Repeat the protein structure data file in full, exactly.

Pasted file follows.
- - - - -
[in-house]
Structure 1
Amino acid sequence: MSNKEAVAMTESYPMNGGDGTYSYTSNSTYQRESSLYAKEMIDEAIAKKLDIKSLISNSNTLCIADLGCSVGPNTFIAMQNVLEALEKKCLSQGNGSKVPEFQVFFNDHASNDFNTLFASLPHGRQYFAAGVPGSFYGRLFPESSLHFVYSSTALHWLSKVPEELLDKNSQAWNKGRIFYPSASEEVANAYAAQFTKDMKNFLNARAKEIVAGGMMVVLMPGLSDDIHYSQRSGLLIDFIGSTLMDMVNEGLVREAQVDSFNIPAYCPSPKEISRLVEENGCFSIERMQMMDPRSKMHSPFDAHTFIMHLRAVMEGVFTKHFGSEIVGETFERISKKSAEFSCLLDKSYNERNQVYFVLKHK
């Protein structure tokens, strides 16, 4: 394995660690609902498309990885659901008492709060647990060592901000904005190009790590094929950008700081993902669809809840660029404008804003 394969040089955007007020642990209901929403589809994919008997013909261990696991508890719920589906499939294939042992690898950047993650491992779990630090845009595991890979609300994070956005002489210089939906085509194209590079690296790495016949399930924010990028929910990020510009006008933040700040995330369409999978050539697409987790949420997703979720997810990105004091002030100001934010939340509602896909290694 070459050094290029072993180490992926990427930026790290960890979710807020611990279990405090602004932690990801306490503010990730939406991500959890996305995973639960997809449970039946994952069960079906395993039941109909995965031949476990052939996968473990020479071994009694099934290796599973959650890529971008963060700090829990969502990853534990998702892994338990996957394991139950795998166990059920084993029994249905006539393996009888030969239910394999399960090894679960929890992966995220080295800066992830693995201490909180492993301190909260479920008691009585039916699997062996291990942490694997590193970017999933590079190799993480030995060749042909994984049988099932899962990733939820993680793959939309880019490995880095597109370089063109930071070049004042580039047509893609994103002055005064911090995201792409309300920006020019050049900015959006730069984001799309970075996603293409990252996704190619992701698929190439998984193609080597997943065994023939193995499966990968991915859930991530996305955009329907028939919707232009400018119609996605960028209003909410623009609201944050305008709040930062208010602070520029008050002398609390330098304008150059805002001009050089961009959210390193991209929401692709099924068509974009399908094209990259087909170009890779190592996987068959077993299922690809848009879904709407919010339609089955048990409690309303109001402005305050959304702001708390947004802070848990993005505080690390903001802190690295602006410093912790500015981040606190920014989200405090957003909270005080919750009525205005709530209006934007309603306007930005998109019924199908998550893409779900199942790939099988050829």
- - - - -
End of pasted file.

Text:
[in-house]
Structure 1
Amino acid sequence: MSNKEAVAMTESYPMNGGDGTYSYTSNSTYQRESSLYAKEMIDEAIAKKLDIKSLISNSNTLCIADLGCSVGPNTFIAMQNVLEALEKKCLSQGNGSKVPEFQVFFNDHASNDFNTLFASLPHGRQYFAAGVPGSFYGRLFPESSLHFVYSSTALHWLSKVPEELLDKNSQAWNKGRIFYPSASEEVANAYAAQFTKDMKNFLNARAKEIVAGGMMVVLMPGLSDDIHYSQRSGLLIDFIGSTLMDMVNEGLVREAQVDSFNIPAYCPSPKEISRLVEENGCFSIERMQMMDPRSKMHSPFDAHTFIMHLRAVMEGVFTKHFGSEIVGETFERISKKSAEFSCLLDKSYNERNQVYFVLKHK
């Protein structure tokens, strides 16, 4: 394995660690609902498309990885659901008492709060647990060592901000904005190009790590094929950008700081993902669809809840660029404008804003 394969040089955007007020642990209901929403589809994919008997013909261990696991508890719920589906499939294939042992690898950047993650491992779990630090845009595991890979609300994070956005002489210089939906085509194209590079690296790495016949399930924010990028929910990020510009006008933040700040995330369409999978050539697409987790949420997703979720997810990105004091002030100001934010939340509602896909290694 070459050094290029072993180490992926990427930026790290960890979710807020611990279990405090602004932690990801306490503010990730939406991500959890996305995973639960997809449970039946994952069960079906395993039941109909995965031949476990052939996968473990020479071994009694099934290796599973959650890529971008963060700090829990969502990853534990998702892994338990996957394991139950795998166990059920084993029994249905006539393996009888030969239910394999399960090894679960929890992966995220080295800066992830693995201490909180492993301190909260479920008691009585039916699997062996291990942490694997590193970017999933590079190799993480030995060749042909994984049988099932899962990733939820993680793959939309880019490995880095597109370089063109930071070049004042580039047509893609994103002055005064911090995201792409309300920006020019050049900015959006730069984001799309970075996603293409990252996704190619992701698929190439998984193609080597997943065994023939193995499966990968991915859930991530996305955009329907028939919707232009400018119609996605960028209003909410623009609201944050305008709040930062208010602070520029008050002398609390330098304008150059805002001009050089961009959210390193991209929401692709099924068509974009399908094209990259087909170009890779190592996987068959077993299922690809848009879904709407919010339609089955048990409690309303109001402005305050959304702001708390947004802070848990993005505080690390903001802190690295602006410093912790500015981040606190920014989200405090957003909270005080919750009525205005709530209006934007309603306007930005998109019924199908998550893409779900199942790939099988050829």